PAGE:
Free travel for Barking jobseekers

Cash-strapped jobseekers are being offered free travel on their way to interviews as part of a new scheme to help the unemployed in their search for work.

In what is thought to be the first offer of free rail travel to jobless people, train operator c2c will give people travelling to job interviews up to six free rail tickets as well as two months’ free rail travel when they land work.

The initiative is organised through the Job Centre.

Barking MP Margaret Hodge joined the train company’s managing director Julian Drury at Barking station on Friday to help raise awareness of c2c’s new JobStart scheme.

She said: “This is a great idea. Travelling to job interviews and having to find the money for train fares before you have received your first pay cheque can be a challenge, especially if you have been out of work for some time, so I welcome this initiative from c2c.

“It’s a good idea and I look forward to see people from Barking benefiting from it.”

Mr Drury added: “We are giving free train travel to help job seekers in Barking and East London return to work, potentially saving them �500 at a time when their money is particularly tight.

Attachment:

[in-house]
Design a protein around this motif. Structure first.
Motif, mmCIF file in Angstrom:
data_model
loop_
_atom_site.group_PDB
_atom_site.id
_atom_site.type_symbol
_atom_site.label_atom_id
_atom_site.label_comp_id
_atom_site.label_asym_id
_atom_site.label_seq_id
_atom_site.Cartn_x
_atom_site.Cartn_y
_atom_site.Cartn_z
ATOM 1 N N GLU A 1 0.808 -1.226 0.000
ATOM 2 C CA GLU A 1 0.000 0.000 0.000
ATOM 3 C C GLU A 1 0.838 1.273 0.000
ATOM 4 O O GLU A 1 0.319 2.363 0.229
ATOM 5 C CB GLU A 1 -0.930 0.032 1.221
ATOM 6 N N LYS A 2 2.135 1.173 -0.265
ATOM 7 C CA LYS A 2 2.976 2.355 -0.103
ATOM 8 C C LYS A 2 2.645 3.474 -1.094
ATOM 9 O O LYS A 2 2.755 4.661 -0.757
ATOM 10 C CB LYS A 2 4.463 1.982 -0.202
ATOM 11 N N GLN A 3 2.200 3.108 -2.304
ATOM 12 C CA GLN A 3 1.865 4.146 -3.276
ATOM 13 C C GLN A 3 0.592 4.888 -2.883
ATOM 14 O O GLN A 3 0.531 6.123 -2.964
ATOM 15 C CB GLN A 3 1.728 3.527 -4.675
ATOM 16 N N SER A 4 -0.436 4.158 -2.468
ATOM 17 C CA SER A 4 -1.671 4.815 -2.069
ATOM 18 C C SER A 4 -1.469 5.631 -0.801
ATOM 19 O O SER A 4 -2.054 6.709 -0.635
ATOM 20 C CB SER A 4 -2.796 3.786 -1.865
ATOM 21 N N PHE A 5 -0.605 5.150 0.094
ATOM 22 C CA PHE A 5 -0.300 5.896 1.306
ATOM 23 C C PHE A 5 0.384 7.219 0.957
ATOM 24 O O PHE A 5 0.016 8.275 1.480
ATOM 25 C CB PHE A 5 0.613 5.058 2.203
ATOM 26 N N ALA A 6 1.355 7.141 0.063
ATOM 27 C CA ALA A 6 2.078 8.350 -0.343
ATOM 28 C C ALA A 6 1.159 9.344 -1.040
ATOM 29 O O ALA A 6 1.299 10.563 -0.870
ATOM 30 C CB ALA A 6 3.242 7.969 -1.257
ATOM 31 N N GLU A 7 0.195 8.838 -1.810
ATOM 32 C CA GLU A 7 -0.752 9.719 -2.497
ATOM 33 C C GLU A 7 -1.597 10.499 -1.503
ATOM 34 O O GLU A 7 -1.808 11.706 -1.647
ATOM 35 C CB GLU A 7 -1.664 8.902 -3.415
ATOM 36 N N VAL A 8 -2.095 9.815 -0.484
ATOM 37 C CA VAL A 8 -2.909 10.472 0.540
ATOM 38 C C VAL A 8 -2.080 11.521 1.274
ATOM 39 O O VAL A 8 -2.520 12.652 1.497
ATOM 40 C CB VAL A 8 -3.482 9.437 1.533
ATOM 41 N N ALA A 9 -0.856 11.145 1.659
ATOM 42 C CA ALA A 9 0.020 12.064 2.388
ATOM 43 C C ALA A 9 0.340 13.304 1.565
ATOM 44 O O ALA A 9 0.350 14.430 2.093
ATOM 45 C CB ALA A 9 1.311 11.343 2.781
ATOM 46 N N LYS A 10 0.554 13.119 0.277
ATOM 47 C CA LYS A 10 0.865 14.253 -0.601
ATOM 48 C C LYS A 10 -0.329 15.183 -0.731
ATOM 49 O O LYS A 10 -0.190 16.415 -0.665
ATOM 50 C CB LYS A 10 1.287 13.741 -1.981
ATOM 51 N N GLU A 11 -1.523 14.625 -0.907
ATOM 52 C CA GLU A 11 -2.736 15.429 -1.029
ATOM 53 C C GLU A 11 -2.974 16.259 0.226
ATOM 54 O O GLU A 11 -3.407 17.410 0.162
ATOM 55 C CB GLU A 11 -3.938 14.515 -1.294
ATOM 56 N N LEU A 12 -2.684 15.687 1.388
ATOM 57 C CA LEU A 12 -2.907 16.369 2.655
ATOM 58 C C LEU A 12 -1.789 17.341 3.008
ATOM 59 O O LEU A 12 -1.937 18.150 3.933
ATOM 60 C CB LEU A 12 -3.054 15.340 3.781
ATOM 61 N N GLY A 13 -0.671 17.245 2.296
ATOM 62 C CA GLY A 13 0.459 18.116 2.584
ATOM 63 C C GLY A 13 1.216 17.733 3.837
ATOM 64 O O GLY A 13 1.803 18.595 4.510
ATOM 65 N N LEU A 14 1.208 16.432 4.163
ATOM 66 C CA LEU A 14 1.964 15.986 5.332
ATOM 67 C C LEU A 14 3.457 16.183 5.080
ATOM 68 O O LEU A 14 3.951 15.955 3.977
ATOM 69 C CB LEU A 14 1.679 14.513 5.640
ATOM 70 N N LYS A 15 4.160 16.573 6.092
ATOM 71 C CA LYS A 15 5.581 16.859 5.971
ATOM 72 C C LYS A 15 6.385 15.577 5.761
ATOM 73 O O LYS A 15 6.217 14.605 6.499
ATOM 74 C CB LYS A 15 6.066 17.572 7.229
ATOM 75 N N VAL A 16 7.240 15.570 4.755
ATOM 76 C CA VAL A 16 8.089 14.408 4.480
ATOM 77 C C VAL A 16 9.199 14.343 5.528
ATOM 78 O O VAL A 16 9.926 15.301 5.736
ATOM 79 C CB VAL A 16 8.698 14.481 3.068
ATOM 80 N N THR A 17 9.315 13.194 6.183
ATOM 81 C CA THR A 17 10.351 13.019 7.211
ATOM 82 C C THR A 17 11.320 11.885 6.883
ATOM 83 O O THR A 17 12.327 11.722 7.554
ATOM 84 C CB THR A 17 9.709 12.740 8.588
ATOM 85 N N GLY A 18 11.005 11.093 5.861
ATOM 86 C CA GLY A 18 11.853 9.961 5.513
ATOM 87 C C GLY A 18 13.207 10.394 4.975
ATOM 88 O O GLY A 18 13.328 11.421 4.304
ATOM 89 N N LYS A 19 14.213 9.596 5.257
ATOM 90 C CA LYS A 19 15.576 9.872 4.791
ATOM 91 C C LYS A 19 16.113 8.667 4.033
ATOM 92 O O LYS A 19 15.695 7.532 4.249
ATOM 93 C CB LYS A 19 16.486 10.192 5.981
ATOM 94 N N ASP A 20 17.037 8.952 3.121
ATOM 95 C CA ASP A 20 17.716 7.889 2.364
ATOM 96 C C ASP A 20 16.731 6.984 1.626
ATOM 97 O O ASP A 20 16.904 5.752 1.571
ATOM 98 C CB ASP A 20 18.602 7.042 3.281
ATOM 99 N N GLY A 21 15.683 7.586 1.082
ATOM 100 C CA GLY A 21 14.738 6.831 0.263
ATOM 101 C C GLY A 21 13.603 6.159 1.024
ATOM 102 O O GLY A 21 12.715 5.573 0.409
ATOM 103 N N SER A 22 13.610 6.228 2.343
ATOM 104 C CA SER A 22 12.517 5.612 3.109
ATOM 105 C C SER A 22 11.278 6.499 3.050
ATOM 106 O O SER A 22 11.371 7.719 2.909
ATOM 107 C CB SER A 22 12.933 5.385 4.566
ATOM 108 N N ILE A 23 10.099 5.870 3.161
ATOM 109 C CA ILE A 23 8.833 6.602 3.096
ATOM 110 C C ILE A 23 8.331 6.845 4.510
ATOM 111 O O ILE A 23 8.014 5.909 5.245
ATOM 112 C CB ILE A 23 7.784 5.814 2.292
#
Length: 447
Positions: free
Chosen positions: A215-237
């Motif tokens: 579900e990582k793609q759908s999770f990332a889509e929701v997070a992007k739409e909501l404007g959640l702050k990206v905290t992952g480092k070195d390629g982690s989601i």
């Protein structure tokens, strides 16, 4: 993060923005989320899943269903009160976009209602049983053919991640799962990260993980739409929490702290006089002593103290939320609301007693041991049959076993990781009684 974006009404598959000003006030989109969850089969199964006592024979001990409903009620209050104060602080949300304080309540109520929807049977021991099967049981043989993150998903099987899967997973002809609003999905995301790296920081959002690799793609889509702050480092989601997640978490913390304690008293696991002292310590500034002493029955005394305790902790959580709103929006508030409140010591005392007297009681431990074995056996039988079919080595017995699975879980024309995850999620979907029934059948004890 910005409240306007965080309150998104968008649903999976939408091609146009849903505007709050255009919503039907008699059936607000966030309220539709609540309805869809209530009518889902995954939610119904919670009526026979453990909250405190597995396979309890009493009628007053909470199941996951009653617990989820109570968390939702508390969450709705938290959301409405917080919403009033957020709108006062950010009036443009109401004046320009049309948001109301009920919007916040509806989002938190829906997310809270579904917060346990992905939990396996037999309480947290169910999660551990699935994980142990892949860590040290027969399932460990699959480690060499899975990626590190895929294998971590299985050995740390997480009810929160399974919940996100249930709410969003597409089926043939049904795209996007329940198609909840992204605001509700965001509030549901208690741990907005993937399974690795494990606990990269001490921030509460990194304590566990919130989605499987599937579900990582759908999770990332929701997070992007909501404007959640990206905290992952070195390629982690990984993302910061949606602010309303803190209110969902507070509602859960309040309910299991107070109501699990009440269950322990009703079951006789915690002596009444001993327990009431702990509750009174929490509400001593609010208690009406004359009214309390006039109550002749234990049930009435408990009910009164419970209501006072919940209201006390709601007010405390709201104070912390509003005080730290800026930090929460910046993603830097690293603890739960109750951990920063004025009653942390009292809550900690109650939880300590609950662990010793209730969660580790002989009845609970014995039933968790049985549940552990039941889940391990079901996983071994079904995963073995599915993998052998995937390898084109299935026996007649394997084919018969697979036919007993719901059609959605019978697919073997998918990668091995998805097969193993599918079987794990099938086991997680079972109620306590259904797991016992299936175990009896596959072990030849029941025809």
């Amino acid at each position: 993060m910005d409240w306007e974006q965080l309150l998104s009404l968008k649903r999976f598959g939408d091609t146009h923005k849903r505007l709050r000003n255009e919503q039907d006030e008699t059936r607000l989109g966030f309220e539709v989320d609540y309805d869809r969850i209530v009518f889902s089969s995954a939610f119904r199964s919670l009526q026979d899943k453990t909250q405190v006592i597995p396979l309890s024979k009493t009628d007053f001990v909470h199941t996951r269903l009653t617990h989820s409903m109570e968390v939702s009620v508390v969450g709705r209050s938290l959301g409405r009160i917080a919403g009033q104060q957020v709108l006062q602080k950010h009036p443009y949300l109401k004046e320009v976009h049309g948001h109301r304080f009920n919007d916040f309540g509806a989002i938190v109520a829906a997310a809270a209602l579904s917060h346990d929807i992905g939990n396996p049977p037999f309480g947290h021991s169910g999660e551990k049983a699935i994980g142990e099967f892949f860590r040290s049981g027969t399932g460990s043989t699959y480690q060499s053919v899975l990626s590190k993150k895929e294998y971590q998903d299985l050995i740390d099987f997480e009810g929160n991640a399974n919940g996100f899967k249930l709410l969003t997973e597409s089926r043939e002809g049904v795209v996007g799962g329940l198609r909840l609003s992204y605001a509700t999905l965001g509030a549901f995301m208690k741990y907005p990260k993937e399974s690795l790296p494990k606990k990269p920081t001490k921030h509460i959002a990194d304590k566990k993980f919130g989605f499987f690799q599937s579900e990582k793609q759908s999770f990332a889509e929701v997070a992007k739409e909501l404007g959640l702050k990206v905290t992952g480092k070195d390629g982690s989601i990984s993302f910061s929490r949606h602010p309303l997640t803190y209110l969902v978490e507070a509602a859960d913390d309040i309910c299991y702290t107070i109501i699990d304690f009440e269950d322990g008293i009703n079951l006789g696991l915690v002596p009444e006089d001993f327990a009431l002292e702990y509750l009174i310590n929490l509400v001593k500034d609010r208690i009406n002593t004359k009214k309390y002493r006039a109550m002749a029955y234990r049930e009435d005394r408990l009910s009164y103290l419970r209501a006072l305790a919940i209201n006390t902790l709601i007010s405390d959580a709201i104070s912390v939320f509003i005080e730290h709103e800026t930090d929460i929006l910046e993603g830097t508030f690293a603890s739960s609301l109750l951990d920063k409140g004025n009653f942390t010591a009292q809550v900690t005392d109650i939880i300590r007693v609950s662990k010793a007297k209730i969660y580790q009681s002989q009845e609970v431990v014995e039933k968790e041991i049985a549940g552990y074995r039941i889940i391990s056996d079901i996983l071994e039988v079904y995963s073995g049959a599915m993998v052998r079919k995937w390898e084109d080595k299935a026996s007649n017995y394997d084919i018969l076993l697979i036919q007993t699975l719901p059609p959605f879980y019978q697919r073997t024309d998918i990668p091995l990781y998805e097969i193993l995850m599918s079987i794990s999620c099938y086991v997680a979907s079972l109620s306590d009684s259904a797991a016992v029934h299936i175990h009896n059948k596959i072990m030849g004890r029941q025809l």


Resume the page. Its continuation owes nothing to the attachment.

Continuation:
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“c2c has been part of the community for the last 16 years and we consider it our duty to make our own contribution to help local residents during these difficult economic times.”

The tickets will be valid on c2c trains only and there will be a �10 one-off administration fee for the monthly season tickets.

The company operates trains from Barking and Dagenham Dock stations to Fenchurch Street, Liverpool Street and Shoeburyness.

Similar schemes for free bus travel are known to have been offered by local authorities in the past.

While jobless Londoners are entitled to a 50 per cent discount on buses and trams, research conducted last year found that those in some boroughs were not taking full advantage of the benefit.

London Travel Watch found that Barking and Dagenham had the lowest proportion of jobseekers making use of the scheme.

Just 24 per cent of those eligible in the borough used it, while the London average was 65 per cent.